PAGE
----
Choco South America 12
Chon South America 2
Chukotko-Kamchatkan Asia 5
Chumash North America 7
Coahuiltecan North America 1
Dravidian Asia 85
East Bird's Head – Sentani Australasia 8
East Geelvink Bay Australasia 11
East New Britain Australasia 7
Eastern Trans-Fly Australasia 4
Eskimo–Aleut North America 11
Guahiban South America 5
Gulf North America 4
Harakmbet South America 2
Hibito–Cholon South America 2
Hmong–Mien Asia 38
Hokan North America 23
Huavean North America 4
Indo-European Europe/Asia 439
Iroquoian North America 9
Japonic Asia 12
Jivaroan South America 4
Kartvelian Asia 5
Katukinan South America 3
Kaure Australasia 4
Keres North America 2
Khoisan Africa 27
Kiowa–Tanoan North America 6
Lakes Plain Australasia 20
Left May Australasia 2
Lower Mamberamo Australasia 2
Lule–Vilela South America 1
Macro-Ge South America 32
Mairasi Australasia 3
Maku South America 6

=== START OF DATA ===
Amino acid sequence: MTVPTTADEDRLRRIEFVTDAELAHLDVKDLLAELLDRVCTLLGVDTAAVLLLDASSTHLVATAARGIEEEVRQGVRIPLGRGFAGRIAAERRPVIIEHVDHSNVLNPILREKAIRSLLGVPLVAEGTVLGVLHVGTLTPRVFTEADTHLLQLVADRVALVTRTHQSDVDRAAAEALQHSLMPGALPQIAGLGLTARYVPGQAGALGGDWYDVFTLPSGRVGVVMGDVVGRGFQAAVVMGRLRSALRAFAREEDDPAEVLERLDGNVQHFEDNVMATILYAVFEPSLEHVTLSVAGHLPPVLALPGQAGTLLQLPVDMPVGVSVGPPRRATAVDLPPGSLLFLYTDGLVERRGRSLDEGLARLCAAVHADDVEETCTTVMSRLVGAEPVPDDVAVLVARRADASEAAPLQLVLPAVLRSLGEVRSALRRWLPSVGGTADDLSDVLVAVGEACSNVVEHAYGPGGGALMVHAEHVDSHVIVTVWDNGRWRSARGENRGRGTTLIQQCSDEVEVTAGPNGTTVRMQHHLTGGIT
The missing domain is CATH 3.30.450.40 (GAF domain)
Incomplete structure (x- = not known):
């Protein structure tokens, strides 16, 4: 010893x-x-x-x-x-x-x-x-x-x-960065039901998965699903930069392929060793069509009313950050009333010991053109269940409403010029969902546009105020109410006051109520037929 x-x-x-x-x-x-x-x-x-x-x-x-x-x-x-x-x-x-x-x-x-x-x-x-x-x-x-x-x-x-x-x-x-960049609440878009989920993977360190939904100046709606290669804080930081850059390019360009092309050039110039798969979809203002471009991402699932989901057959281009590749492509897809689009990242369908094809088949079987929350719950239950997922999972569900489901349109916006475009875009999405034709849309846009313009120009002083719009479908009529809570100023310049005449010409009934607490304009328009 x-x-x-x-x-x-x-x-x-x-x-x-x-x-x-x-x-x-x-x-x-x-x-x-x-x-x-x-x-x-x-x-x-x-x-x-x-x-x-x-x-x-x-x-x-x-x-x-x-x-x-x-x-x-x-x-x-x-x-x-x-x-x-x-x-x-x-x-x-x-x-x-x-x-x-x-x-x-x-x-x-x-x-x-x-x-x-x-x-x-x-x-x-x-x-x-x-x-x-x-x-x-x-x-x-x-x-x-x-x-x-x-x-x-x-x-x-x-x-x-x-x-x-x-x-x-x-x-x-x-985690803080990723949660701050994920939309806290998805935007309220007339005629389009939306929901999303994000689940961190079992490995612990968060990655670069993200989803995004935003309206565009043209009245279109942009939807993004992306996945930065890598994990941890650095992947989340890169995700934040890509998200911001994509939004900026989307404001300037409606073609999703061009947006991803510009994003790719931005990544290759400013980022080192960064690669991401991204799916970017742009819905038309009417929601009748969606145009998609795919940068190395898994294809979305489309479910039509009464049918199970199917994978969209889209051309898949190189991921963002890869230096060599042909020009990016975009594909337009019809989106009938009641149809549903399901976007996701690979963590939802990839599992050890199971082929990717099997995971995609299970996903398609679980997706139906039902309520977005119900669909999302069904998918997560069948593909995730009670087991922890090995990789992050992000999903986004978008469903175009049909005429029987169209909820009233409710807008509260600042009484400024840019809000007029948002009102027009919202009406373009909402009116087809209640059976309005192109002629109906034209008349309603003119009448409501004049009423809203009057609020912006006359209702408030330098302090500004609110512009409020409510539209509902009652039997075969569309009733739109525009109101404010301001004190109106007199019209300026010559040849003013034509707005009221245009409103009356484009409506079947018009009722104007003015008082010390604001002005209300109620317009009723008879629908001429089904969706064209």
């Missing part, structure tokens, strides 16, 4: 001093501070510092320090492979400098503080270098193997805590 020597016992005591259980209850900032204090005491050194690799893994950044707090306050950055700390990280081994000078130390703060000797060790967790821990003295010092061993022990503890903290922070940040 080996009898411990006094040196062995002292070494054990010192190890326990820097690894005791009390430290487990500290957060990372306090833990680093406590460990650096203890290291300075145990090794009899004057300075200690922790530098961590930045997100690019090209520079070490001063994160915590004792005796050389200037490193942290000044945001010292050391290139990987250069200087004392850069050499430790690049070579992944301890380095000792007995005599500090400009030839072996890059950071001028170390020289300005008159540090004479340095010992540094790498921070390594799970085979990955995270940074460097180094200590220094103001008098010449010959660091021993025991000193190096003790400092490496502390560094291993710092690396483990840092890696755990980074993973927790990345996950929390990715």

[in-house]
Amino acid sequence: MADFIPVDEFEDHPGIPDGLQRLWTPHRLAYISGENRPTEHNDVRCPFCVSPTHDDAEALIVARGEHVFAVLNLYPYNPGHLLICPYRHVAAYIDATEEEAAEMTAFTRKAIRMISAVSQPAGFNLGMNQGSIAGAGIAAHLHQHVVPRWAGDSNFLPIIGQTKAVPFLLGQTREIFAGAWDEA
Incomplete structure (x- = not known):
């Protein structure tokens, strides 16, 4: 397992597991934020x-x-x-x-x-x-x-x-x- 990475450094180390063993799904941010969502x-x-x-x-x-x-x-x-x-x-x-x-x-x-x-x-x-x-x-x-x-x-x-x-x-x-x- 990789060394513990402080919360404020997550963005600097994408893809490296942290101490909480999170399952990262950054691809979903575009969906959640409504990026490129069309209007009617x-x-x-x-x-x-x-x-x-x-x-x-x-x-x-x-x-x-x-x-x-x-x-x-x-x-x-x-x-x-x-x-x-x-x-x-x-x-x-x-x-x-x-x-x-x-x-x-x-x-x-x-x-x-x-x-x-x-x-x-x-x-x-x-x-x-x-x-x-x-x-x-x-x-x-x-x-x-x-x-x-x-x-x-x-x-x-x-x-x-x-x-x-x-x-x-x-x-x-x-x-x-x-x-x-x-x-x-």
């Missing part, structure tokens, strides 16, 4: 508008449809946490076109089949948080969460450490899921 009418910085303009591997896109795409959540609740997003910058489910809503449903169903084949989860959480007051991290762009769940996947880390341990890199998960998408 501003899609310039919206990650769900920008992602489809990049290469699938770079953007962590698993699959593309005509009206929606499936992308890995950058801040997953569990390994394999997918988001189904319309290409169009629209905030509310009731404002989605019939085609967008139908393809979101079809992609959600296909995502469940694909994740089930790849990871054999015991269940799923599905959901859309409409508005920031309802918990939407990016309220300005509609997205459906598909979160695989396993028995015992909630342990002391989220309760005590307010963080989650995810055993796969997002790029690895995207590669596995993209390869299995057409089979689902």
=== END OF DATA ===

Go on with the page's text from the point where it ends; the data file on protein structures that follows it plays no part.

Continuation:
Mascoian South America 5
Mataco–Guaicuru South America 12
Mayan North America 69
Maybrat Australasia 2
Misumalpan North America 4
Mixe–Zoque North America 17
Mongol-Langam Australasia 3
Mura South America 1
Muskogean North America 6
Na-Dené North America 46
Nambiquaran South America 7
Niger–Congo Africa 1532
Nilo-Saharan Africa 205
Nimboran Australasia 5
North Bougainville Australasia 4
North Brazil South America 1
North Caucasian Europe/Asia 34
Oto-Manguean North America 177
Panoan South America 28
Pauwasi Australasia 5
Peba–Yaguan South America 2
Penutian North America 33
Piawi Australasia 2
Quechuan South America 46
Ramu – Lower Sepik Australasia 32
Salishan North America 26
Salivan South America 3
Senagi Australasia 2
Sepik Australasia 56
Sino-Tibetan Asia 449